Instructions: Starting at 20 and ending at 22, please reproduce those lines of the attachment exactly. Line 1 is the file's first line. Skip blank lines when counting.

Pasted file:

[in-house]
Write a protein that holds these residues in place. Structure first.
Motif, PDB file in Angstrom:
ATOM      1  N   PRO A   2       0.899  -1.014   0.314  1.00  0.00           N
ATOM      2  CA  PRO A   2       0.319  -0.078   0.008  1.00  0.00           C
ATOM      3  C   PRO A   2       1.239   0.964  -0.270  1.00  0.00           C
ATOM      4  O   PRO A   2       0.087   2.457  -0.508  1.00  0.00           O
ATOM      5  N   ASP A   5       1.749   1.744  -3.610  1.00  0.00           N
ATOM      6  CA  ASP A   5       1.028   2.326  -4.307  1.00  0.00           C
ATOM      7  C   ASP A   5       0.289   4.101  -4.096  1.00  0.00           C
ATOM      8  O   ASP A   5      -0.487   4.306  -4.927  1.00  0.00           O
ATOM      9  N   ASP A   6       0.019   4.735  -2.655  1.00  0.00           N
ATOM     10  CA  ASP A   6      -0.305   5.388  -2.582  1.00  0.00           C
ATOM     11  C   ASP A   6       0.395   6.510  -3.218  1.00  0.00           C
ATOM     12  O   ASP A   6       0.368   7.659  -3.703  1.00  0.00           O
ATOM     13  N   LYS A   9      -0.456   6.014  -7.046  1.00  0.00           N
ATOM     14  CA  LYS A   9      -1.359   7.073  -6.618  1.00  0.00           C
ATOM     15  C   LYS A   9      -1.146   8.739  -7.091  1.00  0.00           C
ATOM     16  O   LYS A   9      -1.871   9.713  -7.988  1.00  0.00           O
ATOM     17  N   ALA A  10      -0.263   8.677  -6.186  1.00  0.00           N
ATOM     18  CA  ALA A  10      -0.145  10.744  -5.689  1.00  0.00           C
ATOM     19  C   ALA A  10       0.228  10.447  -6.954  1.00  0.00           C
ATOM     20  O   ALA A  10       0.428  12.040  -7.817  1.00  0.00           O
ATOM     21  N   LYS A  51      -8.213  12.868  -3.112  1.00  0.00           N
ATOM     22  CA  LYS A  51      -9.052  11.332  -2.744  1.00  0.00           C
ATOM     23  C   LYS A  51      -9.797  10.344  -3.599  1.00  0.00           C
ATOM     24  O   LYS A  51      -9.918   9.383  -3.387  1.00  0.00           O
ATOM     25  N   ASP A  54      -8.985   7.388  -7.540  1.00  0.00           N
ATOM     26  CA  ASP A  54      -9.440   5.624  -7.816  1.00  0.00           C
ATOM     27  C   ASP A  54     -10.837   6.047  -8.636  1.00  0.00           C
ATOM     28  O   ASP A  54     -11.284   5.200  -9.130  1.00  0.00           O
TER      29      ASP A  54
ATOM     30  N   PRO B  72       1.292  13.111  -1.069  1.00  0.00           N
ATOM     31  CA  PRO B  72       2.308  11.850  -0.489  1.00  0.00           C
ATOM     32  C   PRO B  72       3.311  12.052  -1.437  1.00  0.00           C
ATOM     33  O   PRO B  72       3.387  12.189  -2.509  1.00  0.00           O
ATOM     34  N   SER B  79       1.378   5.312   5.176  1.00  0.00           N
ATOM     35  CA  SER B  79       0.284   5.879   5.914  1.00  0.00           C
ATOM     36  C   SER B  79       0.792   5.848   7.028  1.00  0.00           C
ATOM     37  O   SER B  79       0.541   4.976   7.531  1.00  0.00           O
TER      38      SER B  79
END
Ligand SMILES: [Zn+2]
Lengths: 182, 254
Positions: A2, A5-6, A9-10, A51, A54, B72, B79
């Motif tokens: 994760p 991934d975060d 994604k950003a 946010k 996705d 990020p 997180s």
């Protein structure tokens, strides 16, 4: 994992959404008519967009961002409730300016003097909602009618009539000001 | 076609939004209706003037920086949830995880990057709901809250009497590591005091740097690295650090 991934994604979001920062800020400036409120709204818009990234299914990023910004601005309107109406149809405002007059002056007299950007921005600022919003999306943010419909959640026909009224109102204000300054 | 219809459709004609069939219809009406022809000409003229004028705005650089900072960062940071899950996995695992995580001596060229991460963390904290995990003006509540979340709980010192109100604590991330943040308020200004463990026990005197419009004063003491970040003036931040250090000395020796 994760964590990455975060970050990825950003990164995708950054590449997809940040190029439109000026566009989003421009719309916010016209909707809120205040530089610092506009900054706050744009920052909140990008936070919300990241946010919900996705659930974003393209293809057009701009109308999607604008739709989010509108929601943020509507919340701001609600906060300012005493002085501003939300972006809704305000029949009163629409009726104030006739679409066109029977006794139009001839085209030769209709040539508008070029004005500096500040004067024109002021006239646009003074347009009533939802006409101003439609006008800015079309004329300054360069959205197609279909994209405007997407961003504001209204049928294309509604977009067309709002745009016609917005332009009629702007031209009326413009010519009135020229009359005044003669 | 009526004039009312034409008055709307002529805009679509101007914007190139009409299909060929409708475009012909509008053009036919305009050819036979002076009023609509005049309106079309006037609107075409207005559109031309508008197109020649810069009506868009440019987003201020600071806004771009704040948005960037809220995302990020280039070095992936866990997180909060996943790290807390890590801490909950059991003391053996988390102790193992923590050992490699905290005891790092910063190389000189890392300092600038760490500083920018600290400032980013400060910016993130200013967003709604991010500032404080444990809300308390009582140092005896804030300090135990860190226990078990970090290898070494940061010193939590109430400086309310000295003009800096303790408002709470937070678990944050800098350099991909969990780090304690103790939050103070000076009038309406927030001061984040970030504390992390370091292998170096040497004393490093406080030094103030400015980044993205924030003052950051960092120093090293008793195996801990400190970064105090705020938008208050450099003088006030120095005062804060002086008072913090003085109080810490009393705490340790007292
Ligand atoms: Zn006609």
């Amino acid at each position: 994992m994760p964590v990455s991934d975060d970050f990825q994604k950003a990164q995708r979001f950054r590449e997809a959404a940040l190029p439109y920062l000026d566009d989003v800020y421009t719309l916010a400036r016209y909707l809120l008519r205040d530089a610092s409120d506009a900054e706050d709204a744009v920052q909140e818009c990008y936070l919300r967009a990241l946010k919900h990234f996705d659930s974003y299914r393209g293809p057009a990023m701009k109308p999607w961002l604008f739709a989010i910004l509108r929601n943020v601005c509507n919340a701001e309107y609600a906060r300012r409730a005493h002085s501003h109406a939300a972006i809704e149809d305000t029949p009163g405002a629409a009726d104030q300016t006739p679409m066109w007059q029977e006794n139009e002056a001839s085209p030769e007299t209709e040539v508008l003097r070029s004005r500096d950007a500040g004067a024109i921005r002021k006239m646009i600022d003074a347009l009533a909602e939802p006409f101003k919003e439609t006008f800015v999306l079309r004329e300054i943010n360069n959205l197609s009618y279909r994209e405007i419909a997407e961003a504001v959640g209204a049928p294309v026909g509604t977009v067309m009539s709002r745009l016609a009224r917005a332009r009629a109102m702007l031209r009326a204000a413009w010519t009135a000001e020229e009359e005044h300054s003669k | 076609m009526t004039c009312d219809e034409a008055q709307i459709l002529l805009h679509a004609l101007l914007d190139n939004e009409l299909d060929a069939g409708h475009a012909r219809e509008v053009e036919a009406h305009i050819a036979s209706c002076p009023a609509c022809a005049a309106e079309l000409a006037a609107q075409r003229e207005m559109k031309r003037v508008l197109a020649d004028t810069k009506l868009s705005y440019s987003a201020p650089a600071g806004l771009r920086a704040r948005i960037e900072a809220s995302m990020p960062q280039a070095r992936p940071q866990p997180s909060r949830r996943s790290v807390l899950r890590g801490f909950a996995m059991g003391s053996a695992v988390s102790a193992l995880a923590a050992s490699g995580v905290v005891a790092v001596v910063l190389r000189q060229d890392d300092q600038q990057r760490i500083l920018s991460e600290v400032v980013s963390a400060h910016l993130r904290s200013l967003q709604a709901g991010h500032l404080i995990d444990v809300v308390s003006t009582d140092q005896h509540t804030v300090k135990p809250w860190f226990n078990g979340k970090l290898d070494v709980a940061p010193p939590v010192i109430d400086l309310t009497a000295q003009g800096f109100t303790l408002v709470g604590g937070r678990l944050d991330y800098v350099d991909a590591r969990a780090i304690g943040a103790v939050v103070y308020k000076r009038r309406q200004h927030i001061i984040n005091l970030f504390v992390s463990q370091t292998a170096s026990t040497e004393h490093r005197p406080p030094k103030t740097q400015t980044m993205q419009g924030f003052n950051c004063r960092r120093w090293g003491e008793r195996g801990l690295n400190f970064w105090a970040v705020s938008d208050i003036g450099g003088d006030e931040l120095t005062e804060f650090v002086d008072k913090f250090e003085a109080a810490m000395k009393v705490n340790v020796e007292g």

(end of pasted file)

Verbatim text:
ATOM     17  N   ALA A  10      -0.263   8.677  -6.186  1.00  0.00           N
ATOM     18  CA  ALA A  10      -0.145  10.744  -5.689  1.00  0.00           C
ATOM     19  C   ALA A  10       0.228  10.447  -6.954  1.00  0.00           C